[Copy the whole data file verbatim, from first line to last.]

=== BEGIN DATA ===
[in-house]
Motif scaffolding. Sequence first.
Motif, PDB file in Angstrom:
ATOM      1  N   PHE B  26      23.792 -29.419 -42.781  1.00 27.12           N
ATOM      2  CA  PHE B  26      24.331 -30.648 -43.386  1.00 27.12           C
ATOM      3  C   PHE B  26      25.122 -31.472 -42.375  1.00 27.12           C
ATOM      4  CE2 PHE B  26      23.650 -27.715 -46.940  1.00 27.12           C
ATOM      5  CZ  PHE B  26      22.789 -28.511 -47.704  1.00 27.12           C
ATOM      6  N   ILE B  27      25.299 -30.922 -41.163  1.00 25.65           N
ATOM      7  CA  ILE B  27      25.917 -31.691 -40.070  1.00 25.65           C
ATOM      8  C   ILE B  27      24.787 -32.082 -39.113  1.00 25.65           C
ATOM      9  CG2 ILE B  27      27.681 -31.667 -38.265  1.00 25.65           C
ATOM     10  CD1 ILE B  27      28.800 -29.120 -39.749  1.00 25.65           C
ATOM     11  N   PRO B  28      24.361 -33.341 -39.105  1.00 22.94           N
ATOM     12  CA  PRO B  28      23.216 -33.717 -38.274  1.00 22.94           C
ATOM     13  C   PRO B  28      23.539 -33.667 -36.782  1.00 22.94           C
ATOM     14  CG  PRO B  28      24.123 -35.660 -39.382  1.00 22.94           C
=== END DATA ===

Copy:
[in-house]
Motif scaffolding. Sequence first.
Motif, PDB file in Angstrom:
ATOM      1  N   PHE B  26      23.792 -29.419 -42.781  1.00 27.12           N
ATOM      2  CA  PHE B  26      24.331 -30.648 -43.386  1.00 27.12           C
ATOM      3  C   PHE B  26      25.122 -31.472 -42.375  1.00 27.12           C
ATOM      4  CE2 PHE B  26      23.650 -27.715 -46.940  1.00 27.12           C
ATOM      5  CZ  PHE B  26      22.789 -28.511 -47.704  1.00 27.12           C
ATOM      6  N   ILE B  27      25.299 -30.922 -41.163  1.00 25.65           N
ATOM      7  CA  ILE B  27      25.917 -31.691 -40.070  1.00 25.65           C
ATOM      8  C   ILE B  27      24.787 -32.082 -39.113  1.00 25.65           C
ATOM      9  CG2 ILE B  27      27.681 -31.667 -38.265  1.00 25.65           C
ATOM     10  CD1 ILE B  27      28.800 -29.120 -39.749  1.00 25.65           C
ATOM     11  N   PRO B  28      24.361 -33.341 -39.105  1.00 22.94           N
ATOM     12  CA  PRO B  28      23.216 -33.717 -38.274  1.00 22.94           C
ATOM     13  C   PRO B  28      23.539 -33.667 -36.782  1.00 22.94           C
ATOM     14  CG  PRO B  28      24.123 -35.660 -39.382  1.00 22.94           C